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The Justice Division is suing Trump's ally Roger Stone and his spouse over alleged unpaid taxes of $ 2 million

The Justice Department on Friday sued Roger Stone, the loyal former advisor to ex-President Donald Trump, claiming he and his wife owe nearly $ 2 million in unpaid federal taxes and other fees.

The lawsuit accuses Stone and Nydia Stone of using an "alter ego" business to "protect their personal income from forced income and fund a lavish lifestyle."

The civil lawsuit also alleges that the Stones "seek to defraud the United States" by fraudulently transferring money used to buy their home.

Stone, 68, a longtime Republican politician, was pardoned by Trump in December after being convicted of lying by Congress.

The DOJ's complaint filed in federal court in South Florida alleges Stone and his wife underpaid their income taxes for five consecutive years in 2007 and 2011. The Stones owe $ 1,590,361.89, including interest and penalties for late payments, according to the complaint.

The lawsuit also alleges Stone failed to pay his full tax bill in 2018 when he filed separately from his spouse. He owes income taxes, interest and penalties of $ 407,036.84 for that year, the complaint said.

"Despite the termination and demand for payment, Roger and Nydia Stone have failed and refused to pay the full amount of the debt they owe," claims the DOJ.

Stone did not immediately respond to an email asking for comment on the lawsuit.

The complaint alleges that by using a Delaware limited liability company called Drake Ventures, the Stones "escaped and thwarted the IRS's debt collection efforts." The company is so dominated and controlled "by the family" that it does not exist as a separate entity, "claims the DOJ.

Drake Ventures has no website or phone number, all members are part of the Stone's family, and its address is the same as the Stone's home in Fort Lauderdale, Florida, the complaint states.

"The Stones used Drake Ventures' bank accounts to pay a significant portion of their personal expenses, including groceries, dental bills, spas, salons, clothing and restaurant expenses," the complaint said.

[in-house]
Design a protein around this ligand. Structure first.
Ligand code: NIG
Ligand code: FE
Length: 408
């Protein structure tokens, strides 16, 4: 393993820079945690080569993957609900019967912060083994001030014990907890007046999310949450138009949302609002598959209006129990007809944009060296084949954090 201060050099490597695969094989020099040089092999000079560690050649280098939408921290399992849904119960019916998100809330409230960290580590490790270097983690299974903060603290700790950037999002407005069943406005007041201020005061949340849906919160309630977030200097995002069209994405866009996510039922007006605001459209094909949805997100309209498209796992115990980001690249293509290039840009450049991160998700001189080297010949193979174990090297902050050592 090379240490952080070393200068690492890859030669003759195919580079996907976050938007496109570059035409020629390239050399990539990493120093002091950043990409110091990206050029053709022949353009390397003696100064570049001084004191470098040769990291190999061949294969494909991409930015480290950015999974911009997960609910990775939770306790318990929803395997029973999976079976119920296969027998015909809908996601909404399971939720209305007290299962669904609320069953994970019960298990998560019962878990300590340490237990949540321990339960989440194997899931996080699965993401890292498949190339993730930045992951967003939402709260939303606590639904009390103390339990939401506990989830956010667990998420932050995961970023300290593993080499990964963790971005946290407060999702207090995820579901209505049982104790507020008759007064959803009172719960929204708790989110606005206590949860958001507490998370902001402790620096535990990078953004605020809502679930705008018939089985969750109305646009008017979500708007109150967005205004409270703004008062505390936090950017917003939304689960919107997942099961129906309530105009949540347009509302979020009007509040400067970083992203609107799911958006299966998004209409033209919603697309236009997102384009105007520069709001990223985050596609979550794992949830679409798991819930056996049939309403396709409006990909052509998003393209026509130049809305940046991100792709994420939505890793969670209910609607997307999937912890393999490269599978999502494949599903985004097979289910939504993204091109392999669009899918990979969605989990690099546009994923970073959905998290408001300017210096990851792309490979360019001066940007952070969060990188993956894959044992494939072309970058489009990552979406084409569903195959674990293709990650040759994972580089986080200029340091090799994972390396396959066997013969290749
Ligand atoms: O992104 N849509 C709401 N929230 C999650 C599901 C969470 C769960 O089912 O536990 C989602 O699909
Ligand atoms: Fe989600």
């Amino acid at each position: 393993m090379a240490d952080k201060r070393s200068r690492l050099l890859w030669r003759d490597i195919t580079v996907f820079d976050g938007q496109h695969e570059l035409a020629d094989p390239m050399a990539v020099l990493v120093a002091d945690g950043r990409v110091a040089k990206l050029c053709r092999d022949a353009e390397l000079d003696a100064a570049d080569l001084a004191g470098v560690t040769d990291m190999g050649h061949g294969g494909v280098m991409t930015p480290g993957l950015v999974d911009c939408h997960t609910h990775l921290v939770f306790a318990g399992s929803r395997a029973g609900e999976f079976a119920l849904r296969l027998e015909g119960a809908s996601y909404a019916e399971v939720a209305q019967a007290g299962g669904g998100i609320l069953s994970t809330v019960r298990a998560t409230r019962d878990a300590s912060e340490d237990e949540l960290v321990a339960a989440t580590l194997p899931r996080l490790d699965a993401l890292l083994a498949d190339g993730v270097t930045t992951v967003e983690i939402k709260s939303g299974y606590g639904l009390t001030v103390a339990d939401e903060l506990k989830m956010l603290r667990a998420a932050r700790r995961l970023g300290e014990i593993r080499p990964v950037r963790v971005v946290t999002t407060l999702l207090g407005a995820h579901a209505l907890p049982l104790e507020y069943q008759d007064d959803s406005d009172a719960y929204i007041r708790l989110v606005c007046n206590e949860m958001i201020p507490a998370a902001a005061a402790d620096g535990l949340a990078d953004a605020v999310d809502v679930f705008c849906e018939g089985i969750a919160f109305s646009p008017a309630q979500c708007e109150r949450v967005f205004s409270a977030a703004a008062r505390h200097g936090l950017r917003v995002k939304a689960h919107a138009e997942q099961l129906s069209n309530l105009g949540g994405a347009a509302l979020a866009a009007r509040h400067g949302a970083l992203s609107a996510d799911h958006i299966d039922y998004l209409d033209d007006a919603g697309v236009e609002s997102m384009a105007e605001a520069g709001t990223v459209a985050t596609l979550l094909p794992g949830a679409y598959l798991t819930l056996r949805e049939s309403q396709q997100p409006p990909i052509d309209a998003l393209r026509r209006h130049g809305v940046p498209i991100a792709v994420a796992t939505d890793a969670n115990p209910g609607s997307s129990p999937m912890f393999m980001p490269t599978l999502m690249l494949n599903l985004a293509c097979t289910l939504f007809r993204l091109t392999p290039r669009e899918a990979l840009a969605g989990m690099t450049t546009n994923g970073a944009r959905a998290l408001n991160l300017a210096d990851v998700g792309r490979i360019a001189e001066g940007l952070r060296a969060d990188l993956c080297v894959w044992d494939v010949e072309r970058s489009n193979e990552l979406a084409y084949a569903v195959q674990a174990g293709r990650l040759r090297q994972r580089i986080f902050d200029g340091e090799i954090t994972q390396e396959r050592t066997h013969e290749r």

They paid more than $ 500,000 of their personal tax liabilities through Drake Ventures' bank accounts in 2018 and 2019 and used the company to pay Stone employees and relatives without the proper documentation, the DOJ claims.

"The Stones used Drake Ventures for an improper purpose and harmed the United States," the complaint read. "They used Drake Ventures to receive payments to be made to Roger Stone personally, pay their personal expenses, shield their assets, and avoid reporting taxable income to the IRS."

The DOJ's lawsuit also accuses the Stones of fraudulently broking their home through a revocable trust they set up in Florida, the Bertran Trust.

The Stones had signed a deal with the IRS in May 2017 to pay $ 19,485 per month for their unpaid taxes, the complaint said.

After Stone was charged in January 2019, his family started the Bertran Trust and bought their home on his behalf. In doing so, she used money they had transferred from Drake Ventures to that company to make a down payment of $ 140,000.

In March 2019, the Stones failed to make their monthly payment to the IRS, causing the agency to cancel the installment payment plan.

"The Stones intended to defraud the United States by keeping their assets in the accounts of Drake Ventures, which they fully control, and using those assets to purchase the Stone Residence on behalf of the Bertran Trust," the complaint read.

The DOJ says "numerous scam badges" marked the purchase. The complaint alleges that the Stones are insolvent and "unable to pay their debts". face the risk of litigation; and in the expectation that the IRS would "resort to enforced recovery of their unpaid tax liabilities once they defaulted on their monthly installments".

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